Rick Vanover outlines the new features in the core installation of Windows Server 2008 R2 and discusses which components were removed.
In some situations, the core installation of Windows makes sense for a server deployment. The core installation of Windows Server 2008 R2 release ushers in new changes for server administrators. For instance, all editions of Windows Server 2008 R2 are only available for an x64 platform. Other changes for core installations for Windows Server 2008 R2 are a little less obvious but nonetheless important. Here are some of the important changes:
- .NET support: The core installation now supports a subset of .NET 2.0, 3.0, and 3.5. This doesn't provide the entire line of functionality of the .NET Framework, but it will be a boon to many situations. In my experience, using the core installation for IIS servers didn't make sense because many custom-coded Web sites require the .NET Framework. For organizations with a large number of Web servers running custom Web engines, the core installation can be a good solution with the proper engine environment with .NET support.
- Certificate services: The Active Directory certificate services role is now available on the core installation for organizations that use a public key infrastructure (PKI).
- File Server Resource Manager (FSRM) available: The FSRM is a tool used to set quotas, offer reporting, and monitor for file extension activity. The file server role is a good candidate for a core installation, but the lack of built-in tools (such as the FSRM) makes the ongoing management of this type of file server challenging.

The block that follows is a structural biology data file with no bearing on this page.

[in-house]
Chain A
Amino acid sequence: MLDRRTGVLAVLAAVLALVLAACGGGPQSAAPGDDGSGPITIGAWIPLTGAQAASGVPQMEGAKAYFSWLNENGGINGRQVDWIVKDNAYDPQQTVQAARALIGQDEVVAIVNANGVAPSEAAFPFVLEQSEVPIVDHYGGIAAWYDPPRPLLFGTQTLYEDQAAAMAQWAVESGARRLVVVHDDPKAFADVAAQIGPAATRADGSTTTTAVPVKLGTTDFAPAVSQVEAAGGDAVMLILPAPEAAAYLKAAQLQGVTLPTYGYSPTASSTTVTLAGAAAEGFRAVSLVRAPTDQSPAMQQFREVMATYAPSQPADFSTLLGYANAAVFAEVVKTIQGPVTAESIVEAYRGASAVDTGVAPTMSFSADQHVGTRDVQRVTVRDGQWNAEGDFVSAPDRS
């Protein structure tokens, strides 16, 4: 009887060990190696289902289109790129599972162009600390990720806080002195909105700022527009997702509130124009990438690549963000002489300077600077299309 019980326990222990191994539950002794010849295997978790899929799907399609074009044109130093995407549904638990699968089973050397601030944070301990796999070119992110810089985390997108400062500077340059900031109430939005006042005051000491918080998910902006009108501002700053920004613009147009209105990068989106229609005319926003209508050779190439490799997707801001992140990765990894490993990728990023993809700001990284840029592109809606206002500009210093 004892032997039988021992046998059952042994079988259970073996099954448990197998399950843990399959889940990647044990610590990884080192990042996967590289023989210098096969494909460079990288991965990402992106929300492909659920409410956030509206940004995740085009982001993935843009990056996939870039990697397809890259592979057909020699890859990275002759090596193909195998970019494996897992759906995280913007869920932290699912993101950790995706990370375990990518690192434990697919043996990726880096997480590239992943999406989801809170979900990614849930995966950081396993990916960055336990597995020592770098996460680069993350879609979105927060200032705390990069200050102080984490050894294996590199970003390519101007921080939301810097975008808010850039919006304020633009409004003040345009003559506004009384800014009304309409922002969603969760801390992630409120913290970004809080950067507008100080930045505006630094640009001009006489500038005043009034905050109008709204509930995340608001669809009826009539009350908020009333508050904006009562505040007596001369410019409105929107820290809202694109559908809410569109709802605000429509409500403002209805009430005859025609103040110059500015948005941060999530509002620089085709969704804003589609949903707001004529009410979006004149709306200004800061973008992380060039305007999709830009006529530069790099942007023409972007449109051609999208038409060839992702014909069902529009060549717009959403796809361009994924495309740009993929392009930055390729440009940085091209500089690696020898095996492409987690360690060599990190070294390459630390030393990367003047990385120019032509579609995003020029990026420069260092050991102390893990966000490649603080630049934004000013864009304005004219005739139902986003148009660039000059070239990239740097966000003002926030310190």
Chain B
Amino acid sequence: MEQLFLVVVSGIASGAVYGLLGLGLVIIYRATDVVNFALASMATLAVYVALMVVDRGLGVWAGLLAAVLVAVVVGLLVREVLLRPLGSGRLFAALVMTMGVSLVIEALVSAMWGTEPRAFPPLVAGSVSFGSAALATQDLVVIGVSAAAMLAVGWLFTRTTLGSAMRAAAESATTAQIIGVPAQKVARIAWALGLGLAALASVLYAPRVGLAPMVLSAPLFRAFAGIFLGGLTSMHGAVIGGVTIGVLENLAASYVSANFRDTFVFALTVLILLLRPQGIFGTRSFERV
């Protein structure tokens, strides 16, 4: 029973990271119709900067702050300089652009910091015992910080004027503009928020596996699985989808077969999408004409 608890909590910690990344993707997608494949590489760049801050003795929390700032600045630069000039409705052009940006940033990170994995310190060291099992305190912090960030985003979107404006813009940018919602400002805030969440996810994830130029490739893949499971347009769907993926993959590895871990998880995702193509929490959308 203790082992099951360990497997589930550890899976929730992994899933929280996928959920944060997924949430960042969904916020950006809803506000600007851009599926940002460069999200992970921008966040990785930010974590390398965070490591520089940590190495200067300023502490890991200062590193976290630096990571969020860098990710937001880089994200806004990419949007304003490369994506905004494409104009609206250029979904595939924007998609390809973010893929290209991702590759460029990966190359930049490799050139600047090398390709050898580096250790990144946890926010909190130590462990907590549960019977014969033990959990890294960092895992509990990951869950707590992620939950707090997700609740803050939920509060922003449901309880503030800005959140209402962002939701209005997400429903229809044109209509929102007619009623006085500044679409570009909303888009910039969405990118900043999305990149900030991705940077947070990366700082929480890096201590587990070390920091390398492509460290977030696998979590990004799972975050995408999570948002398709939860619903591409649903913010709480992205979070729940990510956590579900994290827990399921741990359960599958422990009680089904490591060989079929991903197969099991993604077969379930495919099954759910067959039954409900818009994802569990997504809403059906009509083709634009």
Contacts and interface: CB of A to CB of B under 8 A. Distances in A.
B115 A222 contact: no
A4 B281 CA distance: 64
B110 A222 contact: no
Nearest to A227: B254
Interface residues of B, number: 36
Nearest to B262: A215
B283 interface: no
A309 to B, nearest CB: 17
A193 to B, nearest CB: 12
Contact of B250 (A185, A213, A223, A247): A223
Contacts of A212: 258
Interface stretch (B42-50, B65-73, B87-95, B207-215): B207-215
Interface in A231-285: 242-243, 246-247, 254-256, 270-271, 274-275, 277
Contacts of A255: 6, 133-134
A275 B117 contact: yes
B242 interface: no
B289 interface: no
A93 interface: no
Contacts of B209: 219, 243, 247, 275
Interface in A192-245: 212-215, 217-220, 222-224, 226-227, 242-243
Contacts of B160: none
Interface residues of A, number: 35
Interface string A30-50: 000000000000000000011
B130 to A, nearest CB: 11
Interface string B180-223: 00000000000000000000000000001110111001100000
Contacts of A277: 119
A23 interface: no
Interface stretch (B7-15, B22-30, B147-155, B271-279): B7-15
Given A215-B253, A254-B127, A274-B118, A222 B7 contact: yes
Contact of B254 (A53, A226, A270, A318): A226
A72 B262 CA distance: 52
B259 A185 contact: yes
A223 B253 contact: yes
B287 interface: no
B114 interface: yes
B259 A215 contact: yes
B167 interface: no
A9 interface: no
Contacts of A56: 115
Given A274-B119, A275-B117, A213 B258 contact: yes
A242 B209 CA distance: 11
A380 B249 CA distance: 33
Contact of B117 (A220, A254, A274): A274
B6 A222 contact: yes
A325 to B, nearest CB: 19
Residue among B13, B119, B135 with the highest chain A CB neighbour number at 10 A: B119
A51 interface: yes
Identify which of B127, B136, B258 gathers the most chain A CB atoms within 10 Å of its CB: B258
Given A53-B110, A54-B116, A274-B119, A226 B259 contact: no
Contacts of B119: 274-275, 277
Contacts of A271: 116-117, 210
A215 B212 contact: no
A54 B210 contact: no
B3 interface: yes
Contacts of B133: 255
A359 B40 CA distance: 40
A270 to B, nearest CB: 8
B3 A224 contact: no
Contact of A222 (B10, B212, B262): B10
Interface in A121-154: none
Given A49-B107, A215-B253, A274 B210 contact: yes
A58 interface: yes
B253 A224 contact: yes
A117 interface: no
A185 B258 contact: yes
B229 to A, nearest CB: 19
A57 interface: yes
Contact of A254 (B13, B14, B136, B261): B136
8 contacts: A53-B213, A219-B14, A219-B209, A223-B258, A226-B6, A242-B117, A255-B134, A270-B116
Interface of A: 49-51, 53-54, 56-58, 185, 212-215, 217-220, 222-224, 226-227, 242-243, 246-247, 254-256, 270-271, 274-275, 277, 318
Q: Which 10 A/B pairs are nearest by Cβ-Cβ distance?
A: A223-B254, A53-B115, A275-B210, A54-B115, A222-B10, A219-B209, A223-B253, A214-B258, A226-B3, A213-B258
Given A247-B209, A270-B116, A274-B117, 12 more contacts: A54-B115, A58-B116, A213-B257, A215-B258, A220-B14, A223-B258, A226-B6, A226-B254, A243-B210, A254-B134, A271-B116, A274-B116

- PowerShell functionality: Core installations can install a PowerShell engine. Unlike the other R2 editions, the Core Edition does not install PowerShell by default. The engine available for Core Edition is version 1 of PowerShell. The following commands will enable PowerShell on a Windows Server 2008 R2 core installation:
start /w ocsetup NetFx2-ServerCore
start /w ocsetup MicrosoftWindowsPowerShellThe first command adds the .NET 2 Framework for core installations. Then PowerShell can be run within the core command prompt by browsing to the C:\Windows\System32\WindowsPowerShell\V1.0\ folder and running PowerShell.exe.
- Remote management: The Server Manager management snap-in now supports remote administration of core installation servers.
- Removed features: Besides the x86 support, the Windows Server 2008 R2 Core Edition also removes support for the Windows Removable storage. The core installation is not available for Itanium-based systems.
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